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ClassicBeauty says

I’m working on a light upbeat tune with a simple repetitive chord structure, lots of acoustic instruments – guitar, banjo, hi string gtr, pno, drums & bass. At the moment I have a key change about 1:30 into the piece, which is about 2:20 total. It goes up a half step, but there’s no cadence or transitional chords – just a percussive bar and then it’s higher. The question for those of you who have been around the block here is – in your estimation, do key changes almost always lose you a bunch of potential buyers? I probably wouldn’t include it in the 60 and 30 if I do them.

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BrownHouseMedia says

A lot of buyers of music use it in video projects. They often need to edit the music to fit to the picture – when you have key changes it makes the editing much more difficult and will make your music less attractive to buyers.

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PatrickAThompson says

A lot of buyers of music use it in video projects. They often need to edit the music to fit to the picture – when you have key changes it makes the editing much more difficult and will make your music less attractive to buyers.

+1 Very very true. I don’t always follow that rule, but I frequently fight myself to keep it in the same key.

How easy a track can be edited makes a tremendous difference. If you change keys, the music editor can’t really put an ending ‘button’ on the track if he’s using the original key because the ending is in a new key….

Also, it is harder to cut between sections… Say your track is A1 B1 A2 B2 B3, but the key change happens between A2 and B2… but the client wants only B1 and B3… there’s no clean way to cut between them.. but there’s a way around this..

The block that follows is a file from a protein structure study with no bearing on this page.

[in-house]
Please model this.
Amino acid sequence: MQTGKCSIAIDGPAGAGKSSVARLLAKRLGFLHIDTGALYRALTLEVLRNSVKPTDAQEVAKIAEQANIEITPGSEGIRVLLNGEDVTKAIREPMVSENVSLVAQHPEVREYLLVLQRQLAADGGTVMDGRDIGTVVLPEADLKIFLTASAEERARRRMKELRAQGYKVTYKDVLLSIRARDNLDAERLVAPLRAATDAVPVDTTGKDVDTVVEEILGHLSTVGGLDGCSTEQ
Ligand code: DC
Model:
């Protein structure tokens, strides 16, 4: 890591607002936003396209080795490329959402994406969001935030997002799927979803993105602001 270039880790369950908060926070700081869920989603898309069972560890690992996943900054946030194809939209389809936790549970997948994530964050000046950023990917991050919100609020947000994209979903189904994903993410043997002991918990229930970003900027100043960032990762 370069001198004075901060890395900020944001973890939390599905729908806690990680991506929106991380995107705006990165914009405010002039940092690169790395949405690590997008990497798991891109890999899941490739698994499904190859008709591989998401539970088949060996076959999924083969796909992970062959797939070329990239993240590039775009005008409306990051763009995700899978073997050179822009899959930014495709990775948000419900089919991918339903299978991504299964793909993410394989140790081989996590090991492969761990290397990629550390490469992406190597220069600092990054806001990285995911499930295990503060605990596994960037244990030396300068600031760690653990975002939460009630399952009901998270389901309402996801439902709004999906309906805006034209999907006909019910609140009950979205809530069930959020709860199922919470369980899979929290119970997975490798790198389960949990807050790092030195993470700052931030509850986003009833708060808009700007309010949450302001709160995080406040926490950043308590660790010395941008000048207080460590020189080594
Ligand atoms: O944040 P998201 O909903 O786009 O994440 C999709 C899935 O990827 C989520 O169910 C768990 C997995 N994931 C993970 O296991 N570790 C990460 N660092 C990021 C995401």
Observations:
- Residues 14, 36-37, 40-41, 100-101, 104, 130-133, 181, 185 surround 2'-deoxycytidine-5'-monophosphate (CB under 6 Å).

Take Whitney Houston’s version of “I Will Always Love You”. Just prior to the key change, the track drops out entirely.. there is a clear moment of emptiness before she belts into the chorus in the modulated key. This is editor gold because you can create a clean transition from there.

But again, sometimes, the music just needs to modulate. It’s the struggle between art vs commericality. Do your thing, but keep the end user in mind, and I think you’ll find a balance.

Just my 2.3 cents. :)

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TortoiseTree says

I do it depending on the style. Like if I’m doing a soul, RnB or jazz track where lots of tensions, chromatics and upper structure triads are used I can “sneakily” go through keys and modes without it being too obvious and it all still sounds coherent. Some of my more film scoring style tracks are very modal hence again I can “sneak” around scales without it being too obvious.

In both occasions I’ve still scored sales. Now, if it’s a pop or rock track and you’re doing the ol’ raise it a half step to give it a fresh breath of air… that won’t work unless you do the whitney houston move as Patrick stated earlier. It sounds too obvious and it puts focus on the music, which it isn’t suppose to as chances are your music was used to support someone else’s project.

Mind you, if it’s a normal pop song which people buy to listen to on it’s own… I absolutely applaud key changing, particularly raising the half step or a minor 3rd!

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wingzara says

Wow. Thanks for this.

My most recent track posted has a key change but modulates back to the starting key.

The editing angle never occurred to me and I will definitely take it on board. Ditto the full drop out (a la Whitney Houston) if a key change is necessary or desirable musically.

Very valuable info.

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garethcoker Envato team says

I don’t think there’s anything wrong with modulations, but you should try and upload an alternate version without modulations. This gives your buyer the choice.

You’re allowed to submit up to 4 variations on one file.

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curtisschweitzer says

I use modulations fairly often. In my experience there really isn’t a difference between tracks that have them and tracks that don’t. Bottom line, use your best judgement—you can’t base every decision off of the idea that it might be “harder” to edit.

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